Wednesday, 3 August 2011

Hebrew 666?

"The number of the beast is 666" by William Blake

The prophecy of the number of the Beast (Rev 13:18) is presented to the reader in the form of a riddle. It is a number which refers to the name of a person. In the Hebrew, Aramaic and Greek languages, people's names had easily ascertainable numerical values, because their numerical systems used the letters of the alphabet as numerals. The Hebrew version of this numerical word-play is known as gematria, and the Greek form is referred to as isopsephy.
The original meaning behind this prophecy is almost unanimously regarded to be a reference to the Greek version of the name "Caesar Nero", which adds up to 666 once transliterated into Hebrew. The word-play is doubly apt here, since the Greek word for "beast" - θηριον (therion) totals up to 666 once transliterated into Hebrew as תריון
. The sixth letter of the Hebrew alphabet, the letter waw  (also known as vav to Jews of Eastern European descent), has the numerical value of 6, and transliterates into the modern Latin alphabet as the letter w. 

So the numerical value of the letters www in Hebrew is three sixes – six-six-six.  While these letters do not total up to the cardinal number 666 (six hundred and sixty six), they are each individually represented by the number six - which gives us three sixes.  The number of the beast is commonly spoken as six-six-six, because this is much easier to say than the mouthful "six hundred and sixty six". 
Although it wouldn't have been as obvious as it is in the Hindu-Arabic numeral system we use today, the number 666 would have been easily understood as three sixes in the ancient Greek and Hebrew languages.  We can see this from the repetition of the root word for "six" in both languages.  In Greek the number 666 was spoken as hexakosioi hexekonta hex - so there is a three-fold repetition of the Greek word for six which is hex.  Similarly this three-fold repetition occurs in the Hebrew spoken version of 666, which is shesh me’oth sheshim washesh - the Hebrew word for six (shesh) is also repeated three times.
The author of the Apocalypse saw the primary symbolic value of the number 666 as three sixes.  As G.K Beale states in his commentary (widely regarded as one of the best scholarly commentaries on the Apocalypse): “the triple sixes are intended to be a contrast with the divine sevens throughout the book and signify incompleteness and imperfection.” (Beale, G.K. The Book of Revelation, Carlisle: Paternoster, 1999). Each six represents a member of the unholy trinity - the False Prophet, the Beast and the Dragon.  As it falls short of the Divine number 7, six represented the number of imperfection.  It was also the number of man, since man was created on the sixth day.  666 is an intended antithetical parallelism of the threefold repetition of sevens - 777, which represents the Holy Trinity.  Another threefold repetition of numbers can be found in the numerical value of Christ's name.  The Sibylline Oracles noted that when written in Greek the name Jesus (ΙΗΣΟΥΣ) adds up to 888.  (Ι = 10) + (Η = 8) + (Σ = 200) + (Ο = 70) + (Υ = 400) + (Σ = 200) = 888. (Sib. Or 1:395-400).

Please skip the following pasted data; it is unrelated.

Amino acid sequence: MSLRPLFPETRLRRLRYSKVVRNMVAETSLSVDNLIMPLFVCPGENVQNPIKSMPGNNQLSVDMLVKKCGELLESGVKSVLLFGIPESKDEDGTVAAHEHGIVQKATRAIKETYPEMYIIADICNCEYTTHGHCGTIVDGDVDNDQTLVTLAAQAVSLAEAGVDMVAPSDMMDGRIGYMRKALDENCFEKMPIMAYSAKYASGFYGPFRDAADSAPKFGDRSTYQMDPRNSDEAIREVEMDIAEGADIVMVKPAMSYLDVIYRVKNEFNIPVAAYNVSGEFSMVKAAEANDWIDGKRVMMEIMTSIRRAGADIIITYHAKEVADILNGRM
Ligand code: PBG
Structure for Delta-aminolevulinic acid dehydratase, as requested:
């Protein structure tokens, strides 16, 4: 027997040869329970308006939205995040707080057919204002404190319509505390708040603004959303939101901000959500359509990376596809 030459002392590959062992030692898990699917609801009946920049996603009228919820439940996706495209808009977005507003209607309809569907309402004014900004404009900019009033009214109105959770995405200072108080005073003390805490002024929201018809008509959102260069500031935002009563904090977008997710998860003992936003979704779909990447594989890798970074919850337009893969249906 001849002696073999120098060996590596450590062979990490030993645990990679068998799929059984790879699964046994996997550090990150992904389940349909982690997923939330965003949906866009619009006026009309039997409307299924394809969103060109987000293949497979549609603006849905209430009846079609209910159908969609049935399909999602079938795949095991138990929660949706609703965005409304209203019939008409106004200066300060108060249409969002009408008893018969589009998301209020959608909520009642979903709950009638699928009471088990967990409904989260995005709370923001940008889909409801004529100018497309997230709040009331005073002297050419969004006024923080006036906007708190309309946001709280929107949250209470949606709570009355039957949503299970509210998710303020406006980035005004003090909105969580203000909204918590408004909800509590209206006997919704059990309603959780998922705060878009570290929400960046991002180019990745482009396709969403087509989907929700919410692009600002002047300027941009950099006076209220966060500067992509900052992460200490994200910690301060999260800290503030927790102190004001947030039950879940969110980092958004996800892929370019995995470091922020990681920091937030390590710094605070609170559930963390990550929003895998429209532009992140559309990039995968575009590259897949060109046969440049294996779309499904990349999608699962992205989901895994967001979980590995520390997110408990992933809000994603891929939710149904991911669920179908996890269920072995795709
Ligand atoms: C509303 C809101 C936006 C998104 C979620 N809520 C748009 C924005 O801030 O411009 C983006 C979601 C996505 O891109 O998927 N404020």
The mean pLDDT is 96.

Beale further elaborates on the symbolic value of the three sixes:
"Charles contends that the symbolic view cannot explain why only one or even two sixes were not used instead of three, since one six would have achieved the sufficient symbolic idea of incompleteness.  But the triple repetition of sixes connotes the intensification of incompleteness and failure that is summed up in the beast more than anywhere else among fallen humanity.  In the Bible the number three signifies completeness, as, for example in the completeness of the Godhead in Rev. 1:4-5, which is parodied by the dragon, the beast, and the false prophet here in ch. 13 (and in 16:13). Therefore, six repeated three times indicates the completeness of sinful incompleteness found in the beast.  The beast epitomizes imperfection, while appearing to achieve divine perfection.  Three sixes are a parody of the divine trinity of three sevens.  That is, though the beast attempts to mimic God, Christ, and the prophetic Spirit of truth (cf.19:10), he falls short of succeeding." (Beale p722)